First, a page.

7. Emotional reasoning. When we are anxious we are likely to estimate the threat to be higher. It's as if we are using our emotions as a guide to how dangerous the world is. Realistically, your emotions have no relevance to the likelihood that you will be attacked.
8. This time is different. We tend to reject objective information and say, "I know that the likelihood from the past is very low. But this time is different". Of course it is possible that all the past evidence of likelihood could change with new events, but this is not the way we generally estimate danger. Consider applying for life insurance. Your insurance carrier will use actuarial tables to determine the likelihood that you will die. These are based on past history of people at your age, whether you are a smokers, and your medical history. That is how the insurance business estimates risk. They are not going to say, "Yeah, but this time it might be different".
9. I could be the one. This is a common response by people presented with the objective facts that the likelihood is low that they would be the victim of terrorism. This response discounts objective evidence and points out that it "is always possible that I could be the one". Yes, that is true--and it is true about all causes of death. But you don't go about your daily life fearing every possible risk.
10. Non-events. Can you imagine picking up the paper and the headline says, "Almost everything that happened yesterday happened the day before"? This would be the news for "non-events". Indeed, they are true events, because they actually happened. But because we do not pay attention to a plane landing safely or getting to work safely or eating food that you actually digest, we don't record these as evidence that we are safe. Our threat-oriented brains focus on possible or actual threat, not on the non-events that occur every day. Those non-events are reality.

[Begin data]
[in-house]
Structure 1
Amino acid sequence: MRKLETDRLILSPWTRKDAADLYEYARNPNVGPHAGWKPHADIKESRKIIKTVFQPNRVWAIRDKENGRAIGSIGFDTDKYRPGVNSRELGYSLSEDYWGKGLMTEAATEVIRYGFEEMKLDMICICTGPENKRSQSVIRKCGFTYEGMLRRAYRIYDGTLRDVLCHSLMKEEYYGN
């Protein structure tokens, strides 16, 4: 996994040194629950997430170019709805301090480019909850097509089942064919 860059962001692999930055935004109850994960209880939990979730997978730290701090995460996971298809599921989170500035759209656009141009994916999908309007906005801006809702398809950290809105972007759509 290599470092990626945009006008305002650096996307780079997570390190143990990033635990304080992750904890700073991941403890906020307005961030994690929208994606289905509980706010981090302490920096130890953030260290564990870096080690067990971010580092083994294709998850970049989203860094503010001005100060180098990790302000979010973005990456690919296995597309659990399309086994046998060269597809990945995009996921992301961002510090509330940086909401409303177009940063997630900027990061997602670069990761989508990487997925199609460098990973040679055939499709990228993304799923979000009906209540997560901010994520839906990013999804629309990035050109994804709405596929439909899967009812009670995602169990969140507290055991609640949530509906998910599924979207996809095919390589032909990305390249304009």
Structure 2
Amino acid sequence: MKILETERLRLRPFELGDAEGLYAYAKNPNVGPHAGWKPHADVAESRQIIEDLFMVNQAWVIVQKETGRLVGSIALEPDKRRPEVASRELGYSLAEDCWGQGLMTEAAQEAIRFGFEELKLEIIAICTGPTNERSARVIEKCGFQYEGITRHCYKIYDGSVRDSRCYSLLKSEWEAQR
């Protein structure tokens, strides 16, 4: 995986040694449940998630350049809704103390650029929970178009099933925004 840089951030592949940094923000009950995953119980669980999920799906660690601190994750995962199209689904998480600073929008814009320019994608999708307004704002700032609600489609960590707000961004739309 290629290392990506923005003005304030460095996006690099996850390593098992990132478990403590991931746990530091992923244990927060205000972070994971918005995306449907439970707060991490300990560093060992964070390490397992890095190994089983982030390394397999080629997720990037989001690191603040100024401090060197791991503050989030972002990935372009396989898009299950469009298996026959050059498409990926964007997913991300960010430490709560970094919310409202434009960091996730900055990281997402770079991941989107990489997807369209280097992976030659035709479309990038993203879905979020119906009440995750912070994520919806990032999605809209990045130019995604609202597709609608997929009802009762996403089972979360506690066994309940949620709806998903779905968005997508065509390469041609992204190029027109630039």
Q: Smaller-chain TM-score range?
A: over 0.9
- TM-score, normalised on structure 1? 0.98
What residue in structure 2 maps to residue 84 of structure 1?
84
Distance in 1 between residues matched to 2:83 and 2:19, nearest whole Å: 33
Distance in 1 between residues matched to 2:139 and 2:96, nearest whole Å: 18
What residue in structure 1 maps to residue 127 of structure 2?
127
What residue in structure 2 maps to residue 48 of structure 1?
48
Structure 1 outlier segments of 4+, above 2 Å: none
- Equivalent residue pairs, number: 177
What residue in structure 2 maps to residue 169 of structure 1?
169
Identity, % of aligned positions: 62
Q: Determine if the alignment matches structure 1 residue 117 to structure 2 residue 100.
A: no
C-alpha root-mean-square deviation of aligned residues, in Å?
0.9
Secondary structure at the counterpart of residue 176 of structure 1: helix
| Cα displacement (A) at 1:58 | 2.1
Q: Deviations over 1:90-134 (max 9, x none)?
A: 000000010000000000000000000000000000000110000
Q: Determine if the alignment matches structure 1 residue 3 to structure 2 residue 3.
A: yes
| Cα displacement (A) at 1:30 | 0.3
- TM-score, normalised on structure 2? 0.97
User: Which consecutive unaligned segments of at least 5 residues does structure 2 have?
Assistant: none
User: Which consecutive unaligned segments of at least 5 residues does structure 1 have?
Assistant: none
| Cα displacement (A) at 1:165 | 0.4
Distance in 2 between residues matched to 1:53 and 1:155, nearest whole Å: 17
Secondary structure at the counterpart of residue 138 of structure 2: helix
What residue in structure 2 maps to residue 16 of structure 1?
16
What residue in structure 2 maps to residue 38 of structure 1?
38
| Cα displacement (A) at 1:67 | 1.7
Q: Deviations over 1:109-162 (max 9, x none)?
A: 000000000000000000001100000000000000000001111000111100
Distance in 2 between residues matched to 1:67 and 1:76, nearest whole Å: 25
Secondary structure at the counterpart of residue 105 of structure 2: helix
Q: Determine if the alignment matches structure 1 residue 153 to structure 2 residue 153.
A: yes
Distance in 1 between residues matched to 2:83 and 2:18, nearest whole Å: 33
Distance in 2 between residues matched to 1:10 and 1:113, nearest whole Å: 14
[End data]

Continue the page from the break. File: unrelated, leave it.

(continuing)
What Should We Conclude?
An objective look at the evidence suggests that any given person is highly unlikely to be the victim of terrorism in the United States. Continual news coverage, videos of carnage, speculations about terrorist cells, dramatic memories, personal stories about how it could happen and one's fertile imagination are no substitute for the facts. Is it possible that you could be killed? Yes. Is it likely? Well, how likely are you to drown in your bathtub or be killed by lightning? It's more likely that these unusual events will strike you down. But we don't worry about them because they are incredibly unlikely. But being the victim of terrorism is even more unlikely. Our imagination is not the same thing as an objective risk.